You Have to Hate Losing
I remember my dad’s advice to a high school basketball player like it was yesterday. “You have to hate losing.” He has always been able to focus on the desired result and leave nothing to chance.
When Christians verbally proclaim their desire to do the right thing they encourage others. However saying, “I want to start living as a faithful Christian father to help my wife and children go to heaven” or “I want to stop lying and use my words the way God would desire” does not make it happen. Why is it often so hard to make these types of changes?
James 1:14 teaches us that every man is tempted by his own desires. I do not doubt the desire that Christians express to stop committing sin and start actively serving God. But when the stated wants do not actually come to fruition it is because stronger desires prevail. The Christian wants to start being a good husband and father. The Christian wants to stop lying. But often he wants to sin more. The idea of being right is appealing, but not strong enough to overcome the desire to serve self in many cases.
There is hope for all of us to change our desires; to make righteousness what we want the most. We must focus on the desired result and leave nothing to chance. We can do this by seeking and thinking about spiritual things (Colossians 3:1-2). If we change our minds to view the world and all its prospects according to God’s will we will begin to hate that which is evil (Romans 12:2; Psalm 119:104, 128).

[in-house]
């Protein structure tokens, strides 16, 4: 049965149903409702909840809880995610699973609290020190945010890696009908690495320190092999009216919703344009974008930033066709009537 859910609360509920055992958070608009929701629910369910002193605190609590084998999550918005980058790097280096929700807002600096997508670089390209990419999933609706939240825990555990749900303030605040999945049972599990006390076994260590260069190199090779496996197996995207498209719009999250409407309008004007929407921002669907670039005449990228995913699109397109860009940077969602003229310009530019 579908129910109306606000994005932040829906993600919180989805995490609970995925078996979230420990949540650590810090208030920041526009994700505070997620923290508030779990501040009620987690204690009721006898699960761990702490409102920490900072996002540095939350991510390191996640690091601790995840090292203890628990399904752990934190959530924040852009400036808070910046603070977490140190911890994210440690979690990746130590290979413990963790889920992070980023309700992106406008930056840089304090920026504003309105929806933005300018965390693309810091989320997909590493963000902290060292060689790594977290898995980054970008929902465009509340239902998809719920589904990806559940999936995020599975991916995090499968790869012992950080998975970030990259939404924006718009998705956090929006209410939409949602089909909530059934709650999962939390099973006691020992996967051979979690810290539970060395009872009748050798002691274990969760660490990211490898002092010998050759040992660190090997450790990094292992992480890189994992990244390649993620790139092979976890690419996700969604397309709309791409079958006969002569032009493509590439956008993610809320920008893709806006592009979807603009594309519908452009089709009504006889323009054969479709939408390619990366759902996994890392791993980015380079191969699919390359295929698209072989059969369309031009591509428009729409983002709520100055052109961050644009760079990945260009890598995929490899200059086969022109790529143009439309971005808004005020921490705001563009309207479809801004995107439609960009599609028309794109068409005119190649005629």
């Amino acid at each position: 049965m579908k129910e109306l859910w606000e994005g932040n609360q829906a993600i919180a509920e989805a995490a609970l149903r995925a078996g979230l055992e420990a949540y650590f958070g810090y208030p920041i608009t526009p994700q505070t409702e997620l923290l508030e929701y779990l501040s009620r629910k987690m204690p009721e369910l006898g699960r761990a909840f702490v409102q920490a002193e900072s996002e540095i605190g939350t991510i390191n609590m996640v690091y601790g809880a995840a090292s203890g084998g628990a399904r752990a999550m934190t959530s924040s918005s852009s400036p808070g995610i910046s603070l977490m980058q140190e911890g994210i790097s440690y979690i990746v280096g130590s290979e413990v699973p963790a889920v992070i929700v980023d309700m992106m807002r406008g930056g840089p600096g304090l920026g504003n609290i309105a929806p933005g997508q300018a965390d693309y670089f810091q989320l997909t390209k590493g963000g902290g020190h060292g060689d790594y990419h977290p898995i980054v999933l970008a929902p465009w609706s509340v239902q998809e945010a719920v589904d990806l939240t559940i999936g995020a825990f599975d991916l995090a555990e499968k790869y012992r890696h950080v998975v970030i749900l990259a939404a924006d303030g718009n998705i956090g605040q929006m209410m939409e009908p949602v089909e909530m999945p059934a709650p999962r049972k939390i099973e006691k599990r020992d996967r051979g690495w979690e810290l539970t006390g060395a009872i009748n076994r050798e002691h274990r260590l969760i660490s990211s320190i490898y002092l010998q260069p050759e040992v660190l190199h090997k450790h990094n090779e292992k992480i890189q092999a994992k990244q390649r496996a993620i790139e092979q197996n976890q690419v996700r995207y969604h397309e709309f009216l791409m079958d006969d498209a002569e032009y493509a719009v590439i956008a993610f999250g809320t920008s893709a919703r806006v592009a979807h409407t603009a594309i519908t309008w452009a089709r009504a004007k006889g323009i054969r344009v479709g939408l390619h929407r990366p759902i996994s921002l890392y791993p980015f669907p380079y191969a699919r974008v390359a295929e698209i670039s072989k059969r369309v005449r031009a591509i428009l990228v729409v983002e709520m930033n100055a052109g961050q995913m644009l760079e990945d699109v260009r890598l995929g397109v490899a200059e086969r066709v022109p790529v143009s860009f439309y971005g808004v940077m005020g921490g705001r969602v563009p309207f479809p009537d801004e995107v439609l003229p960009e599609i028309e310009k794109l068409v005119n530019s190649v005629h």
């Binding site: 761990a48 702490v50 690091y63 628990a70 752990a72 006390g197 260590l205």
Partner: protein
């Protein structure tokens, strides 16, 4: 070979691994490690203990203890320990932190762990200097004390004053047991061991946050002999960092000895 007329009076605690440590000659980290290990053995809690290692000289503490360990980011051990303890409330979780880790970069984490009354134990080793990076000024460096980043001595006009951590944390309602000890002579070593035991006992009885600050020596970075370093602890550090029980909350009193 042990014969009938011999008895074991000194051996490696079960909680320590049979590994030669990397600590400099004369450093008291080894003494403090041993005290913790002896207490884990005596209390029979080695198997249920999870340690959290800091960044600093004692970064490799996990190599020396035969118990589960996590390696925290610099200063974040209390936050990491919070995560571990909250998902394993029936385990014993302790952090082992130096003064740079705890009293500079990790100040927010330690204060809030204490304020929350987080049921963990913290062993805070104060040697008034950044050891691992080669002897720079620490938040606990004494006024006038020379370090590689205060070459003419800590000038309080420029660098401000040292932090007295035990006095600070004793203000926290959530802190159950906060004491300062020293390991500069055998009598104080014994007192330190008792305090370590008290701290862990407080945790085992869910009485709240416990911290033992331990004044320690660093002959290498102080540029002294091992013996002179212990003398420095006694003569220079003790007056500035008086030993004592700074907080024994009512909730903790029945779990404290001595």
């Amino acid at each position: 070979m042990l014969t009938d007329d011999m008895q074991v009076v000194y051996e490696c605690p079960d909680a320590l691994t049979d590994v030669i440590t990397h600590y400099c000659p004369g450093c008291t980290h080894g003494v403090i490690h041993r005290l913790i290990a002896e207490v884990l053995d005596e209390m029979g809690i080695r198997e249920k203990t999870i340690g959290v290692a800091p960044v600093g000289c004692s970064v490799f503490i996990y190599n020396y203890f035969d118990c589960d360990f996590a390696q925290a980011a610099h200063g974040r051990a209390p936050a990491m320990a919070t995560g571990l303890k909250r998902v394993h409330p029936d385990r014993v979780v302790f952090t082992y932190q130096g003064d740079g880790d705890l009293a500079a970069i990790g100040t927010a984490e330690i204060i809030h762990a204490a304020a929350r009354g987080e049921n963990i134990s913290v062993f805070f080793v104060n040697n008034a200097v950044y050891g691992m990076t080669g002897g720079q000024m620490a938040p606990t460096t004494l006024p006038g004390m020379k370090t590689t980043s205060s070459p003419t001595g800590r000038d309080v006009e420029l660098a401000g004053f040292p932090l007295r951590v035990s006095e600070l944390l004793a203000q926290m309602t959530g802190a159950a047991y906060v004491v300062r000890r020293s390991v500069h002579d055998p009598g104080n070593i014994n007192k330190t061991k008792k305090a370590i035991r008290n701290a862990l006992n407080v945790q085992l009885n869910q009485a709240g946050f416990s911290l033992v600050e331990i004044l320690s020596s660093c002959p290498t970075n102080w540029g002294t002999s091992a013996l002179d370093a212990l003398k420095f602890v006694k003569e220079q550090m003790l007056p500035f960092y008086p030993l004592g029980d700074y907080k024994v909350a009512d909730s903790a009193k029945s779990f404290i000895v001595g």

To miss out on the pleasures of this life for a little while pales in comparison with the thought of losing eternal life. Moses chose to suffer in the short term and avoid temporary enjoyment (Hebrews 11:25). Jesus warns about the eternal cost of earthly gain at the expense of the soul (Matthew 16:26). What do you yearn for so fiercely that you would give up a right relationship with God, the grace of God, the seal of the Spirit, even your own soul in order to have it?
I do not want to lose my soul and so I will do whatever is necessary to change my thinking and actions. “Oh how love I thy law! It is my meditation all the day” (Psalm 119:97). “Thy word have I hid in my heart that I might not sin against thee” (Psalm 119:11). How much do you hate the thought of losing your own soul? The answer is likely the difference in your soul’s fate.